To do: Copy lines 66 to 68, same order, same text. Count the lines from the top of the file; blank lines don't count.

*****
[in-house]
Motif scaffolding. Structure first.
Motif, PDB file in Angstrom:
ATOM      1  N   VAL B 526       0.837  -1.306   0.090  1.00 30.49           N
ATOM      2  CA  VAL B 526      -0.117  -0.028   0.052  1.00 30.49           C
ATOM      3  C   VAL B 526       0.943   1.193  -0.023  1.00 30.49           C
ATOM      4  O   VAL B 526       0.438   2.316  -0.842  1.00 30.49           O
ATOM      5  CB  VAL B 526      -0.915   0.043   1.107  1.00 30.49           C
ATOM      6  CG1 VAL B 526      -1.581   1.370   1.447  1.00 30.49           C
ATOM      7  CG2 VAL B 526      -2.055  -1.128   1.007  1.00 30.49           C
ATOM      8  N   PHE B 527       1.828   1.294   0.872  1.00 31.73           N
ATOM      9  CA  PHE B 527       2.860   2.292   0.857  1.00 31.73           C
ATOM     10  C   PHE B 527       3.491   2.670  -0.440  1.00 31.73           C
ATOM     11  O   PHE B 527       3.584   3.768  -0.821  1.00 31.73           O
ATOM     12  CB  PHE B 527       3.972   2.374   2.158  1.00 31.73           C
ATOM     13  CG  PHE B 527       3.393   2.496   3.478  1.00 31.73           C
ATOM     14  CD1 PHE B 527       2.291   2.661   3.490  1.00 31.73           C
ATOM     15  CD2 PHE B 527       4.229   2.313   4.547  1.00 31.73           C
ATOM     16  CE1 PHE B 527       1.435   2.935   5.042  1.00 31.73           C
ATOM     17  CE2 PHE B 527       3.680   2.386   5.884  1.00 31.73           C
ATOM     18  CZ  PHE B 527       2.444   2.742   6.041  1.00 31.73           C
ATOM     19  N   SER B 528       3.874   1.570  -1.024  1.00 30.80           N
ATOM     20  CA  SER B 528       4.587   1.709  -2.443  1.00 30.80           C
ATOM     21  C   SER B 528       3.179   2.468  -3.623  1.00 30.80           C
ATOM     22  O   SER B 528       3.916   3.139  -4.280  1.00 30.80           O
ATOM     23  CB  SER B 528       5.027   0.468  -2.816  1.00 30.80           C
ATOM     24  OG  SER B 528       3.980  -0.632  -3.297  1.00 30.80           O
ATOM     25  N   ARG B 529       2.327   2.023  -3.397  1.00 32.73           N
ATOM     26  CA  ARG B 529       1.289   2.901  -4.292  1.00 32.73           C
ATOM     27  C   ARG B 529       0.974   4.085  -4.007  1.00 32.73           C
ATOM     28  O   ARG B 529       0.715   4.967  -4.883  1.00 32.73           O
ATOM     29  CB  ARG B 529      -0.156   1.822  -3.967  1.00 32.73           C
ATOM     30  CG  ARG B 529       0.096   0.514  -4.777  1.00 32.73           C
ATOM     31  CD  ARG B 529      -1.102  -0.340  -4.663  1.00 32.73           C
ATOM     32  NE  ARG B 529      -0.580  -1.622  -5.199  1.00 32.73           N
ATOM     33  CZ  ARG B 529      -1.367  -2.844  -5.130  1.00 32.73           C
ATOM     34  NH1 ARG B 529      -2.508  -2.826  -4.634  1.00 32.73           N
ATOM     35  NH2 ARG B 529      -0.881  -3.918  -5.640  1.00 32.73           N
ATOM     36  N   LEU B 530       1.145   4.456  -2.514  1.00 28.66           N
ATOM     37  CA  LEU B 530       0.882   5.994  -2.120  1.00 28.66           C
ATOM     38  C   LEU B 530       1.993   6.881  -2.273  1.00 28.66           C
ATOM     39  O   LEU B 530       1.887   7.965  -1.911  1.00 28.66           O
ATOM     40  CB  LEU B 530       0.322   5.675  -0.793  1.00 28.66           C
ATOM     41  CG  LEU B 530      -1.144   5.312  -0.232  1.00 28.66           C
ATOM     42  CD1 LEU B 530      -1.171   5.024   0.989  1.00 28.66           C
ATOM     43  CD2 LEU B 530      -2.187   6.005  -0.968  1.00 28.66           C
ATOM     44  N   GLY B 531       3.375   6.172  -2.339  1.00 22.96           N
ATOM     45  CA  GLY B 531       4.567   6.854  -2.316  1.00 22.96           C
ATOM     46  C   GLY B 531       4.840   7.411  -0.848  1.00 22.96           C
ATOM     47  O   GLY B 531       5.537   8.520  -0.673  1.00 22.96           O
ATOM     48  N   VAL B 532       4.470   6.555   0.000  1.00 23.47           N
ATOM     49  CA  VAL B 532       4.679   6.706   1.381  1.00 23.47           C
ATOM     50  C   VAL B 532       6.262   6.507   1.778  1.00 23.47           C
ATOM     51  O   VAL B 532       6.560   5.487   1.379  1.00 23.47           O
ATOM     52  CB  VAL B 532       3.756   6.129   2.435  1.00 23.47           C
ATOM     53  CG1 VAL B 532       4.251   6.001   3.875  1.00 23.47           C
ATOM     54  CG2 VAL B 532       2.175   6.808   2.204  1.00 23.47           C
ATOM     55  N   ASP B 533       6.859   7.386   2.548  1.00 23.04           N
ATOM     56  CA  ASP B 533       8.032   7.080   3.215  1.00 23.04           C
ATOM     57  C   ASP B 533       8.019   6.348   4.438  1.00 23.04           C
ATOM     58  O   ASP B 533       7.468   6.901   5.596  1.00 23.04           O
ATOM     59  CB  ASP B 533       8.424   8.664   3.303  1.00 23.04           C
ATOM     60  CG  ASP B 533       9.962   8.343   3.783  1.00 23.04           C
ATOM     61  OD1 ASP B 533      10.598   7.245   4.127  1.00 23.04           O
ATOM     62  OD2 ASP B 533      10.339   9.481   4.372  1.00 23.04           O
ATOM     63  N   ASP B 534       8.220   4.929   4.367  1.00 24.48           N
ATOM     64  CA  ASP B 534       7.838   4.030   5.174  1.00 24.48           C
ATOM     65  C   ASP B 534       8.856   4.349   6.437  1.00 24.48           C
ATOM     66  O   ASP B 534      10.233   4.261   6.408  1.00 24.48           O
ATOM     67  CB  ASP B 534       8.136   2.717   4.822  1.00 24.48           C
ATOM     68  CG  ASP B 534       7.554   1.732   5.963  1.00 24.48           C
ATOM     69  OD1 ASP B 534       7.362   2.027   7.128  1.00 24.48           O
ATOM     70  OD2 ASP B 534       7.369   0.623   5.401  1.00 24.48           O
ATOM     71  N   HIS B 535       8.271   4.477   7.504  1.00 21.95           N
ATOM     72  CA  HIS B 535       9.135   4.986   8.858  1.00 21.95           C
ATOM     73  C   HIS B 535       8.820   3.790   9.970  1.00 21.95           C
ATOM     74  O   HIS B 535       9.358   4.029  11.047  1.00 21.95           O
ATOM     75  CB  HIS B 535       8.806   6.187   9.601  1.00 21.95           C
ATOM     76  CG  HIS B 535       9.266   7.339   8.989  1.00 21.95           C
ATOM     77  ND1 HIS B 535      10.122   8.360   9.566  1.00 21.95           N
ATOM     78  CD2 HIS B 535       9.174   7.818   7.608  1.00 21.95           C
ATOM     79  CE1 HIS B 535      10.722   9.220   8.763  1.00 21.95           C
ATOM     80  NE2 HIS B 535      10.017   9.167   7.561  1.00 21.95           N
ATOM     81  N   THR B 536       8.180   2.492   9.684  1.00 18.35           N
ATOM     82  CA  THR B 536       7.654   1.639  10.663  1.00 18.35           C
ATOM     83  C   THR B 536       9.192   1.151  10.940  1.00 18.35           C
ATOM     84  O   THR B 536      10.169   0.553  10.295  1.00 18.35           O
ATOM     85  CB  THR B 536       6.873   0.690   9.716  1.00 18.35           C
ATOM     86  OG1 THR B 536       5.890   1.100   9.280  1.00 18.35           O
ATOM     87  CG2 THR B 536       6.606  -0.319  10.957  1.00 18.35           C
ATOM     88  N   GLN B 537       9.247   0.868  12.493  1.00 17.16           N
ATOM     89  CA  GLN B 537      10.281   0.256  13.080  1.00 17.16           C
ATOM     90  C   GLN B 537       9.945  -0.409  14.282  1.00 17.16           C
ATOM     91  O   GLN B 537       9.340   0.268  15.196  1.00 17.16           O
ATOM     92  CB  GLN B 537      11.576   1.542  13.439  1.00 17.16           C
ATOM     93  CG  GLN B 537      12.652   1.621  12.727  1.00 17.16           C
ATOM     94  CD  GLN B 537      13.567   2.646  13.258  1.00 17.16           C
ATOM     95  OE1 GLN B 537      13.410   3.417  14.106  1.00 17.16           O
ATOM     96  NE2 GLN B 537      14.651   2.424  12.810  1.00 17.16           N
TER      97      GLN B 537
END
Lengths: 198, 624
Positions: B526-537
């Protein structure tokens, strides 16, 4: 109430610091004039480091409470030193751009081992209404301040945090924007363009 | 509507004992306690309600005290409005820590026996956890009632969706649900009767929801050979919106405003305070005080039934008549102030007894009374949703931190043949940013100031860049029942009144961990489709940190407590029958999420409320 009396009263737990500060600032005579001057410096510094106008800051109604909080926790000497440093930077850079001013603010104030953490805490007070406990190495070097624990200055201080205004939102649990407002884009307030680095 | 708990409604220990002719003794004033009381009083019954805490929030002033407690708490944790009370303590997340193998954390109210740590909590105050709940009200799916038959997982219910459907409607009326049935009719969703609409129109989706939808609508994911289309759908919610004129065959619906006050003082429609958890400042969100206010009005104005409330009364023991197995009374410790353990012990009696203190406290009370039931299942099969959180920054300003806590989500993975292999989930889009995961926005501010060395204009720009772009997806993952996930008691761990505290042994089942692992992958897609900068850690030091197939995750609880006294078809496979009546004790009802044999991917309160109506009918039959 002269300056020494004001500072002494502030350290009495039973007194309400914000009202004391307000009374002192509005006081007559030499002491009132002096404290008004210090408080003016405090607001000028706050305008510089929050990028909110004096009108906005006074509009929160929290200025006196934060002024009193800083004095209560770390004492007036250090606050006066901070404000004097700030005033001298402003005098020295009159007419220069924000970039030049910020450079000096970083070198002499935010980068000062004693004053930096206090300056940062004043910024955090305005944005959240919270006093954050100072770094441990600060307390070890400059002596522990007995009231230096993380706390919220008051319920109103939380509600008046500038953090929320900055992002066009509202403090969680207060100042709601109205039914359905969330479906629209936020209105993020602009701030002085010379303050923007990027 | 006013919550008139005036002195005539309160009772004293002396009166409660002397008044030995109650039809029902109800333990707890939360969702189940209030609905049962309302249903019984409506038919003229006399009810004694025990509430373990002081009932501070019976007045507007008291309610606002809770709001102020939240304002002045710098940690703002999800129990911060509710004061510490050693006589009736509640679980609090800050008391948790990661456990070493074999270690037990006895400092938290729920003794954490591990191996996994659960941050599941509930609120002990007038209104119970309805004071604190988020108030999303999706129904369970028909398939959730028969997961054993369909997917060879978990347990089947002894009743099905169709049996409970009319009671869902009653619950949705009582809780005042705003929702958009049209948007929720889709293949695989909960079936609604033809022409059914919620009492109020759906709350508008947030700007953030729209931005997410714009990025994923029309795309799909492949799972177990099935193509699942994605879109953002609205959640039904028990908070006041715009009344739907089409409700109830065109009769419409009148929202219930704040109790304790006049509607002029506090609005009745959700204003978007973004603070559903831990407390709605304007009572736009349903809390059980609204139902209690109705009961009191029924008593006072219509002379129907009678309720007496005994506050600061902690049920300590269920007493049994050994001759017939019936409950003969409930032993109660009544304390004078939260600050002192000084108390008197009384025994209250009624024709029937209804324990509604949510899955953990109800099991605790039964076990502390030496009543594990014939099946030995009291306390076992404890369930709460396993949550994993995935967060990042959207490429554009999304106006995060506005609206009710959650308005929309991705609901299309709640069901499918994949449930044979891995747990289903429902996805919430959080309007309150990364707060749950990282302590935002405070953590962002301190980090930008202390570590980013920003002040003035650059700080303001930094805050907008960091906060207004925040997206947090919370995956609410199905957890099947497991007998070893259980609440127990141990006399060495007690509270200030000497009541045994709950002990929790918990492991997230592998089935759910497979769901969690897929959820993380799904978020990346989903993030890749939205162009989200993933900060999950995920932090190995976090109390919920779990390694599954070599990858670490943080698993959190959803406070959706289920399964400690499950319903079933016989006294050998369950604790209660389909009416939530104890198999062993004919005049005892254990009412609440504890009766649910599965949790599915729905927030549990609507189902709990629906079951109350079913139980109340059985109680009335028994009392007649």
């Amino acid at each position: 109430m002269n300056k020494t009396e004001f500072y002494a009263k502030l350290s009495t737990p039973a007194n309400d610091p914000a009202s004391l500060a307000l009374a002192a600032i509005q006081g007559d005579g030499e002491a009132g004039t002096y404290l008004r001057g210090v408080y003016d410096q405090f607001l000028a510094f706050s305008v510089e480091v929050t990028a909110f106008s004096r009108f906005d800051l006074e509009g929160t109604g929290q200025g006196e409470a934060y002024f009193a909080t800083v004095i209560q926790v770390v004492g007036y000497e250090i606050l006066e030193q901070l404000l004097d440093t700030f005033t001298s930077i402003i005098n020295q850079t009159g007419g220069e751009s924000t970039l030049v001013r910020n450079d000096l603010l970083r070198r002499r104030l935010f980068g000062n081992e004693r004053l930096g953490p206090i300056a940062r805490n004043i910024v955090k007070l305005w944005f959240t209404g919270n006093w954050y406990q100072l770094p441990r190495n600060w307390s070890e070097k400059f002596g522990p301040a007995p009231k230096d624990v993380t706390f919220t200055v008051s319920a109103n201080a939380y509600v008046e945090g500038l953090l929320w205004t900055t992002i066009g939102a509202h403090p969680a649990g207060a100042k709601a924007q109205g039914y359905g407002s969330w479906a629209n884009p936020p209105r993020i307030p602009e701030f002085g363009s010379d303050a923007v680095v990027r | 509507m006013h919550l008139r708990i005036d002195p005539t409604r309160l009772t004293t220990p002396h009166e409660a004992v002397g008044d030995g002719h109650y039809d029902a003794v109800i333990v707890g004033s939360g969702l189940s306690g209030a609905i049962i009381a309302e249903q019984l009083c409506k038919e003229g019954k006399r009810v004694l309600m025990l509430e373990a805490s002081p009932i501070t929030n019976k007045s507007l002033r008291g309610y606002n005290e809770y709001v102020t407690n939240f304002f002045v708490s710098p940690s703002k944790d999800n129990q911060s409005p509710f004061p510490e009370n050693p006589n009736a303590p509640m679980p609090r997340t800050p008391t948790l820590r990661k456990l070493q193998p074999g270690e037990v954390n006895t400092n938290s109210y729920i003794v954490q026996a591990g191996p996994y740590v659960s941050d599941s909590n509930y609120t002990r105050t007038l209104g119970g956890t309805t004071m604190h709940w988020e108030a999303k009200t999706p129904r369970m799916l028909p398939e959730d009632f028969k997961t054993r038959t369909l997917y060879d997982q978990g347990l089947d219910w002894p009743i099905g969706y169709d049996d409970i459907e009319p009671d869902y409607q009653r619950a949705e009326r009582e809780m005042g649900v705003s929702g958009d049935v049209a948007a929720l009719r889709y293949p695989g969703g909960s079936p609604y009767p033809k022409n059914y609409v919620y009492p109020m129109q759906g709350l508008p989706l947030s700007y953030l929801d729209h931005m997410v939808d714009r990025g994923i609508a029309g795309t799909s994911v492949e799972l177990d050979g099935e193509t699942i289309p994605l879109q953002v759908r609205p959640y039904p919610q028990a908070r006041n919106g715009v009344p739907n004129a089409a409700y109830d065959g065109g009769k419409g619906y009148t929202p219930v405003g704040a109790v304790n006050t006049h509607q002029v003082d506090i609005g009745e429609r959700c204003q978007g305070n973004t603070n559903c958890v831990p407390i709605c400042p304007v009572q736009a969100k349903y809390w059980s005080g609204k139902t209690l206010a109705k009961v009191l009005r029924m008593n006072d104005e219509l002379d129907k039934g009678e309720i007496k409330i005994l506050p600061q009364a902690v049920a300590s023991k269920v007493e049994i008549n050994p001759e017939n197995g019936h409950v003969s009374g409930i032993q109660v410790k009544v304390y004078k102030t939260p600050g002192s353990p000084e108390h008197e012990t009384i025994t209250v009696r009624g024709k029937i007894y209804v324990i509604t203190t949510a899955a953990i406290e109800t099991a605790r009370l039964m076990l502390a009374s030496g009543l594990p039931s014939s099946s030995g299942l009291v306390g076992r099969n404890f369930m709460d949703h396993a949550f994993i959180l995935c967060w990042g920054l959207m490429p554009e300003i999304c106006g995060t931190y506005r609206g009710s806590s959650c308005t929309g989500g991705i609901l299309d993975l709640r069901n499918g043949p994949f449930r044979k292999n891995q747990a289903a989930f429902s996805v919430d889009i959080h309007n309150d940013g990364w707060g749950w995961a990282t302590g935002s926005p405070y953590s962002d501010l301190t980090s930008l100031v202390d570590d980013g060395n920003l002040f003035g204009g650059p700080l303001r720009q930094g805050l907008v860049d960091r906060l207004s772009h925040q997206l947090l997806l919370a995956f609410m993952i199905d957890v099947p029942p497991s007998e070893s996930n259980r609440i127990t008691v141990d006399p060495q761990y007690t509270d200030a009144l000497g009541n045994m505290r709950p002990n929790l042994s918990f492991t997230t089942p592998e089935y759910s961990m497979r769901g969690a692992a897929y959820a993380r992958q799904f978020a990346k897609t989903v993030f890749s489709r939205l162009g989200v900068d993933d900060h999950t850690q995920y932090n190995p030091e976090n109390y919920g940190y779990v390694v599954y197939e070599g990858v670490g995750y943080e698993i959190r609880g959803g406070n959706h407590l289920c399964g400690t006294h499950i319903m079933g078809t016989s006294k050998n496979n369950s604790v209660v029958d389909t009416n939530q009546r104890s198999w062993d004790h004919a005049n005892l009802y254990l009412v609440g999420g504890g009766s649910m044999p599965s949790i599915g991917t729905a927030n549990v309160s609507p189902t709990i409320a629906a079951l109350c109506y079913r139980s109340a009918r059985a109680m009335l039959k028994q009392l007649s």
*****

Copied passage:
ATOM     63  N   ASP B 534       8.220   4.929   4.367  1.00 24.48           N
ATOM     64  CA  ASP B 534       7.838   4.030   5.174  1.00 24.48           C
ATOM     65  C   ASP B 534       8.856   4.349   6.437  1.00 24.48           C